Just like the tablet is killing the desktop and its sexier sibling, the laptop, the large[r] sensor compact camera should and will kill the hobby grade SLR.
Thus if you were to ask me for my camera purchasing recommendations, then here they are:

  1. If you are after the ultimate in quality, go for a full size sensor camera. Sony has new smaller sized offerings there, but to date not a wide range of lenses to support their two cameras. It's therefore the usual Nikon/Canon story, or wait for Sony to revolutionise this niche as well.
  2. If changeable lenses are mandatory yet going full sensor is too expensive, then the Four Thirds system is the way to go. Olympus in particular has some very cool looking offerings there. The alternative, in the shape of the Sony NEX system, is somewhat less convincing.
  3. Last, but not least - and obviously my personal choice: If the "normal" lens that does 95% of the photos anyone takes is enough for you, there is no reason in the world the RX100 would not do great things in your service.

In my view, matters are very clear: the Sony RX100 is not only the best compact camera around, it is also the best camera around. And that's all I am trying to say with this post.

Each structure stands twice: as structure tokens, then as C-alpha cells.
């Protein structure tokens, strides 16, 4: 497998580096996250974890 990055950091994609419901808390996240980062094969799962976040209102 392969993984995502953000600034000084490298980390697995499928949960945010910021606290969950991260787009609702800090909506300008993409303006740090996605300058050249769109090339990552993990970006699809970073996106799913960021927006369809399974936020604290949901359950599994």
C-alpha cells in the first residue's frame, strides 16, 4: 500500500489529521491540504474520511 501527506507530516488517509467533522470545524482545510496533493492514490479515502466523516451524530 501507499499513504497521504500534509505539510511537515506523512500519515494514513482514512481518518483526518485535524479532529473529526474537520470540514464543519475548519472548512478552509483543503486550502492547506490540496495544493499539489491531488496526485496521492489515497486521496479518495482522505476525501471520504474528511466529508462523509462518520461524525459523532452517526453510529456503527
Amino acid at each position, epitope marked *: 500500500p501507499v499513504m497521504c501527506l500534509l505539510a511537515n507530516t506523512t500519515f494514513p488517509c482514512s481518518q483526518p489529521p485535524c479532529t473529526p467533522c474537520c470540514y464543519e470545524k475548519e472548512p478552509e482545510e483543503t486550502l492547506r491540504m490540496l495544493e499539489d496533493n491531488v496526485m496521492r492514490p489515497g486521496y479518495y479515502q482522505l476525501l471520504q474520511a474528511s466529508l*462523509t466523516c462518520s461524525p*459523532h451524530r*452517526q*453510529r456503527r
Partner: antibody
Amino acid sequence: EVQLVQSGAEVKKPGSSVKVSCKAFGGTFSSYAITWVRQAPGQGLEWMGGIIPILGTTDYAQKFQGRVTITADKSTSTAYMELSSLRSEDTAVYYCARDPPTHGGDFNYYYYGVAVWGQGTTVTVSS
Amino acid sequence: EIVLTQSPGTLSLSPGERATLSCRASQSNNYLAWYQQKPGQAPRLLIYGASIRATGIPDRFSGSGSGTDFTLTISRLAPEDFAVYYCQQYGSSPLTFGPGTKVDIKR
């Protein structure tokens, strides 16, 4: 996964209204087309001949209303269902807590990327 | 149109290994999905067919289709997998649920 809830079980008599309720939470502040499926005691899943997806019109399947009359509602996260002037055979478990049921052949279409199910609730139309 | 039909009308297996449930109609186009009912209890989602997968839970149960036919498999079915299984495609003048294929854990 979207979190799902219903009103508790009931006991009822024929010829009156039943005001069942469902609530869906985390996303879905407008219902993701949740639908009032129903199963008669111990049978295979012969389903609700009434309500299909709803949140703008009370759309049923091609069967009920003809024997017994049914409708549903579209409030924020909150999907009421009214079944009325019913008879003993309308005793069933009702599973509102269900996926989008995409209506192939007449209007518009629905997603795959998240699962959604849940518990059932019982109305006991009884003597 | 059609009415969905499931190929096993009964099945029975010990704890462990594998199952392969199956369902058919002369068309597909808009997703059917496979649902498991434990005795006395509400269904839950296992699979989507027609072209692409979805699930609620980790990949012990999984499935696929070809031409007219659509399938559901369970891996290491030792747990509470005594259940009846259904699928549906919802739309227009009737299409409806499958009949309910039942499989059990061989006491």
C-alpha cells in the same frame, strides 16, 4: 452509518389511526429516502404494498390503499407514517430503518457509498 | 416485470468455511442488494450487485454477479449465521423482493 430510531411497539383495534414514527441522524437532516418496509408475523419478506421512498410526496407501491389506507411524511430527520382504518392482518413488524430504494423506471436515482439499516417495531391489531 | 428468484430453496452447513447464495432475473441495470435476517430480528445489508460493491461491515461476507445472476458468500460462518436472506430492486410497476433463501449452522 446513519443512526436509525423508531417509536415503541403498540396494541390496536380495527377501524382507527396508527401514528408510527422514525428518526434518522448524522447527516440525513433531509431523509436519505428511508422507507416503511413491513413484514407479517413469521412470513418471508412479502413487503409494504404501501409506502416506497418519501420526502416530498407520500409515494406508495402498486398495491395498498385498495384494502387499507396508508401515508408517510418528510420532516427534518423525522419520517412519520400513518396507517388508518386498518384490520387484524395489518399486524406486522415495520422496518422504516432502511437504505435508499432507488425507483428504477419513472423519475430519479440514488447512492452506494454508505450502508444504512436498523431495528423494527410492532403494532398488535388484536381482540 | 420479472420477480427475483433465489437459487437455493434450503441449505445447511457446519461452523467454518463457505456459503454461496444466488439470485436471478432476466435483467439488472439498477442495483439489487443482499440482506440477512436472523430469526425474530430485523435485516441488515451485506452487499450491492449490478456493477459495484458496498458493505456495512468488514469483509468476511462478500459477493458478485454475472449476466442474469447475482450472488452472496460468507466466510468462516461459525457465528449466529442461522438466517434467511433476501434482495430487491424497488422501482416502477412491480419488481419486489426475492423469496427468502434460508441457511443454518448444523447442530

Image by FUWEWE1119, Creative Commons licence


wile.e.coyote said...

In the old country they sell the Sony Cyber-Shot DSC-RX100 for 2K NIS and the Sony CyberShot DSC-RX100 ,II for 3K NIS.
Does the added features worth the additional 50% in price?

Moshe Reuveni said...

Obviously, I don't know what your personal value of money is. I can tell you, however, that although Down Under the difference between the Mark II and the original is much smaller I went for the original.
As far as I can recall, the advantages offered by the newer model are:
1. Marginally better sensor (imporved performance in the dark).
2. Tiltable screen, making it easier to see what you shoot.
3. Wifi, allowing you to - amongst others - control the camera via your phone. That's quite useful for taking delicate photos without shaking the camera by pressing a button; insread you use your phone as a remote control.

The choice is yours.

Moshe Reuveni said...

insread = instead

wile.e.coyote said...

Well a common friend of us might start working for Sony next week.
In that case I will ask him for a piece on his employee discount plan.

Not sure if I follow your recommendation, you say the mark II is better, but you went for the original?

Moshe Reuveni said...

Looks like this requires a clearer clarification:
1. If you thought the old RX100 can both better and cheaper, you're wrong.
2. If you really think the RX100 is the best camera out there, you're wrong. A model 2013 (or, for that matter, 2012) SLR will most definitely give you better photos.

The point is that of value for money, and even better, quality for bulk. Or rather, how much good is good enough for you.
In my case I got the RX100 for a deal that meant it would have been stupid of me to pay an extra for the marginal return of the Mark 2.
Your case may be different.